President George Bush is the exact opposite of the aged Japanese soldier who, after several decades, emerges from the jungle to discover that the war has ended. With Bush, the war ends frequently, and once it has ended it surprisingly goes on: Only two months after it broke out, he hastened to put on a fancy windbreaker, to get up on the deck of an aircraft carrier and to announce to America and the rest of the world that "the mission in Iraq has been completed." The same thing happened when Saddam Hussein was captured, when the Iraqis voted for the governing council, and voted to ratify the new constitution.
Last week, America lost its 2,000th soldier in the unfinished war. No one can say for say for sure how many Iraqis have been killed to date; it may be about 100,000. True, Iraq and the entire world have gotten rid of a murderous tyrant, but he has been supplanted by a reality that is no less murderous, and maybe more so. At the current rate of carnage, Iraq is one big mass grave.
When America crossed this recent bloodshed line, burying its 2,000th sacrifice, the president stated that for the sake of the dead men and women's honor and memory, America has to continue the war until victory is won. This simple logic is familiar to us: Having already invested so many human lives in an adventure, we mustn't lose the investment.
There's only one problem with Bush and his logic: Most of the American public already wants to escape the trap that it did not want to enter from the start. The president wasn't alone when he made his impressive entrance. At the time, two and a half years ago, he was carried aloft on the shoulders of squads of cheerleaders and well-wishers. And the Israeli squad - politicians and generals and commentators - was particularly enthusiastic. That's how it is here: If there is a war on the horizon, the cheerleaders will immediately suit up. And at its start, as we all know, every war is nice and small.
When a president receives an approval rating of less than 40 percent in all of the polls, he is branded a "lame duck," and his lameness will only be aggravated by additional American problems: He who is hobbling along in Iraq will have a difficult time hopping and skipping without a care in Louisiana or in the Supreme Court in Washington, or even in the corridors of the White House, from the Oval Office to the office of the VP. A lame duck in the Middle Eastern shooting range is a dead duck, who is most certainly incapable of deterring the crazy chickens that strut through the local barnyard.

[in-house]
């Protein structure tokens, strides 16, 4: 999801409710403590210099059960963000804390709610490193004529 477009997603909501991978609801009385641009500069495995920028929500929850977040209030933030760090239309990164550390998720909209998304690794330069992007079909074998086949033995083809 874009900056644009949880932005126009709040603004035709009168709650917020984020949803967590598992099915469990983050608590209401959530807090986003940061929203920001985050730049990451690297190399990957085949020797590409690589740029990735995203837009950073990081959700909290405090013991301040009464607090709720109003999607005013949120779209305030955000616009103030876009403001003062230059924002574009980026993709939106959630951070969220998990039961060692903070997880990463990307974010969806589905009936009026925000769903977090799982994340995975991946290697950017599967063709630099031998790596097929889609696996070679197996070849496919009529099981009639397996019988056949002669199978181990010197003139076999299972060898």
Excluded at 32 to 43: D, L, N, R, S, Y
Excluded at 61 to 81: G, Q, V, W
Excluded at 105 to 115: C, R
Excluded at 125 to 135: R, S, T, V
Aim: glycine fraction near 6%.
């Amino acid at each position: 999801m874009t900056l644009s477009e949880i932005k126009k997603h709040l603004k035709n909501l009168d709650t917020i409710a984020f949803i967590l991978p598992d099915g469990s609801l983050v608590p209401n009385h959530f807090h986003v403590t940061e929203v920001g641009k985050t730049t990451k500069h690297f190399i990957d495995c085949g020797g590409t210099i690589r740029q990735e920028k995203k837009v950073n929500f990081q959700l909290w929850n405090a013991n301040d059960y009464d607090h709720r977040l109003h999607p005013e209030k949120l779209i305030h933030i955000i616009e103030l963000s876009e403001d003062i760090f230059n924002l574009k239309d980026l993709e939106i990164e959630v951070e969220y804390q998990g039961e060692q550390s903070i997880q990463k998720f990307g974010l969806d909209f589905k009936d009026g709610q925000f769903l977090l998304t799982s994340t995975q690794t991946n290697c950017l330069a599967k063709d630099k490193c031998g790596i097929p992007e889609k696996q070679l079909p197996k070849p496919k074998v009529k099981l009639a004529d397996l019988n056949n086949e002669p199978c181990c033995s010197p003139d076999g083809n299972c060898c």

Since the war in Iraq broke out, the United States has been consistently losing its deterrence ability as the "leader of the world." Terror has only worsened, terrorists are turning up at home and abroad, and calling "Vietnam, Vietnam." This call is now reverberating from coast to coast. That is what happens when a cowboy president embarks on dubious, fabricated grounds, on a search for a "smoking gun," loses his way and ends up in the wrong place, a place where America is losing not only its strength, but also its image of God.
Secretary of State Condoleeza Rice assessed earlier this month that even 10 years from now America might still be losing blood under the hot Iraqi sun. Now everyone knows that there is actually no rush, that in any case America doesn't have the strength to put out the fire. Its entire army of firemen, 150,000 troops, is pinned down and exhausted. Rice's remarks could be heard in Iran, too, and the city of Tehran was rejoicing. And so, more than Iran fears the world, the world fears Iran.
Instead of organizing the international community and working together to neutralize the Khomeinist bomb, which is poisoning the planet with active fundamentalist radiation, America's soldiers continue to be blown apart by roadside bombs between the Tigris and the Euphrates.
Rice's forecast was heard in Jerusalem, as well, and bad old Ariel Sharon now knows he can slip back undisturbed to the Hundred Years' War. With the disengagement behind him, he has no need to continue developing his regional worldview beyond that of a lieutenant colonel plotting reprisal raids. After all, Bush himself has already declared that the Palestinian state may or may not happen, because when there's a rush, there's no real rush, because once again, "there's no one to talk with."
The "Bush vision" is, then, the Weissglas vision: After withdrawal from Gaza, the Palestinian state will be shoved into a jar of formaldehyde, where it will wait for the Palestinians to evolve into Finns. And if the Palestinians should actually become Finns, then we, their neighbors, will be Swedes and Norwegians. And then peace will reign over us and them. But only when all of us turn into blonds.
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